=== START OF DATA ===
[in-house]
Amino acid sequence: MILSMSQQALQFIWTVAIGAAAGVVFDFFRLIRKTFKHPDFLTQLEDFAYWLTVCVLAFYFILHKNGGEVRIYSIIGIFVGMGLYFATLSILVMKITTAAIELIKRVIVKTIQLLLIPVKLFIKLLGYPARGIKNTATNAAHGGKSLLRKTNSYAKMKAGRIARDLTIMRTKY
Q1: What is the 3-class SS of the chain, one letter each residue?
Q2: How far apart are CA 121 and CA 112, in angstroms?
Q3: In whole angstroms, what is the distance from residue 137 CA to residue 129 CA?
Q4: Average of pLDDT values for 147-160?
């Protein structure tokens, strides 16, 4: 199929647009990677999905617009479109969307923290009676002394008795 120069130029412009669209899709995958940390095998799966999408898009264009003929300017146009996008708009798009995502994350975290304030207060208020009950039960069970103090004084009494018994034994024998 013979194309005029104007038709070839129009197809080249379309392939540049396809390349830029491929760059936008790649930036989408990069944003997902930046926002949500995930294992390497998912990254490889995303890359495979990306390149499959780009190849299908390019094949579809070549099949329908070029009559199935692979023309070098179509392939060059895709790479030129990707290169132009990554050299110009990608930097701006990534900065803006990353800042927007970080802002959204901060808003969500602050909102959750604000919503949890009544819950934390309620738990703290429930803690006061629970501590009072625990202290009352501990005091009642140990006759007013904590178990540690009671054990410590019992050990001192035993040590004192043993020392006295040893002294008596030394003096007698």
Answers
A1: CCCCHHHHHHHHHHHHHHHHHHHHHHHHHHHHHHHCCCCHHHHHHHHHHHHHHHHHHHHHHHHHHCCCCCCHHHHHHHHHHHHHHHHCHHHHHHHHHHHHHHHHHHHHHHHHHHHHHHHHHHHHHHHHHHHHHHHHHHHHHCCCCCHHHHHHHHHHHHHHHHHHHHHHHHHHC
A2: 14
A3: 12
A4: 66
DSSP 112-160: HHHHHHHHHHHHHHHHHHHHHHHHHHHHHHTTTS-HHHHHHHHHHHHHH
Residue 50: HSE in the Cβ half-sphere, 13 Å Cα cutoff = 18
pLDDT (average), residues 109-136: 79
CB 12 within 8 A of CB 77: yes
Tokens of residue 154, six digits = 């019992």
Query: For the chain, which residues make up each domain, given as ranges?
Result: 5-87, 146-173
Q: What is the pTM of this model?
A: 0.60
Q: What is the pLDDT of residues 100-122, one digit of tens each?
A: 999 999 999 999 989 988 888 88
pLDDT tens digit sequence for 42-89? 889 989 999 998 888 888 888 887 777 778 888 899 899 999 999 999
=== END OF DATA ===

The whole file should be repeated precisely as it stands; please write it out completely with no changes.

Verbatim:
[in-house]
Amino acid sequence: MILSMSQQALQFIWTVAIGAAAGVVFDFFRLIRKTFKHPDFLTQLEDFAYWLTVCVLAFYFILHKNGGEVRIYSIIGIFVGMGLYFATLSILVMKITTAAIELIKRVIVKTIQLLLIPVKLFIKLLGYPARGIKNTATNAAHGGKSLLRKTNSYAKMKAGRIARDLTIMRTKY
Q1: What is the 3-class SS of the chain, one letter each residue?
Q2: How far apart are CA 121 and CA 112, in angstroms?
Q3: In whole angstroms, what is the distance from residue 137 CA to residue 129 CA?
Q4: Average of pLDDT values for 147-160?
């Protein structure tokens, strides 16, 4: 199929647009990677999905617009479109969307923290009676002394008795 120069130029412009669209899709995958940390095998799966999408898009264009003929300017146009996008708009798009995502994350975290304030207060208020009950039960069970103090004084009494018994034994024998 013979194309005029104007038709070839129009197809080249379309392939540049396809390349830029491929760059936008790649930036989408990069944003997902930046926002949500995930294992390497998912990254490889995303890359495979990306390149499959780009190849299908390019094949579809070549099949329908070029009559199935692979023309070098179509392939060059895709790479030129990707290169132009990554050299110009990608930097701006990534900065803006990353800042927007970080802002959204901060808003969500602050909102959750604000919503949890009544819950934390309620738990703290429930803690006061629970501590009072625990202290009352501990005091009642140990006759007013904590178990540690009671054990410590019992050990001192035993040590004192043993020392006295040893002294008596030394003096007698």
Answers
A1: CCCCHHHHHHHHHHHHHHHHHHHHHHHHHHHHHHHCCCCHHHHHHHHHHHHHHHHHHHHHHHHHHCCCCCCHHHHHHHHHHHHHHHHCHHHHHHHHHHHHHHHHHHHHHHHHHHHHHHHHHHHHHHHHHHHHHHHHHHHHHCCCCCHHHHHHHHHHHHHHHHHHHHHHHHHHC
A2: 14
A3: 12
A4: 66
DSSP 112-160: HHHHHHHHHHHHHHHHHHHHHHHHHHHHHHTTTS-HHHHHHHHHHHHHH
Residue 50: HSE in the Cβ half-sphere, 13 Å Cα cutoff = 18
pLDDT (average), residues 109-136: 79
CB 12 within 8 A of CB 77: yes
Tokens of residue 154, six digits = 């019992």
Query: For the chain, which residues make up each domain, given as ranges?
Result: 5-87, 146-173
Q: What is the pTM of this model?
A: 0.60
Q: What is the pLDDT of residues 100-122, one digit of tens each?
A: 999 999 999 999 989 988 888 88
pLDDT tens digit sequence for 42-89? 889 989 999 998 888 888 888 887 777 778 888 899 899 999 999 999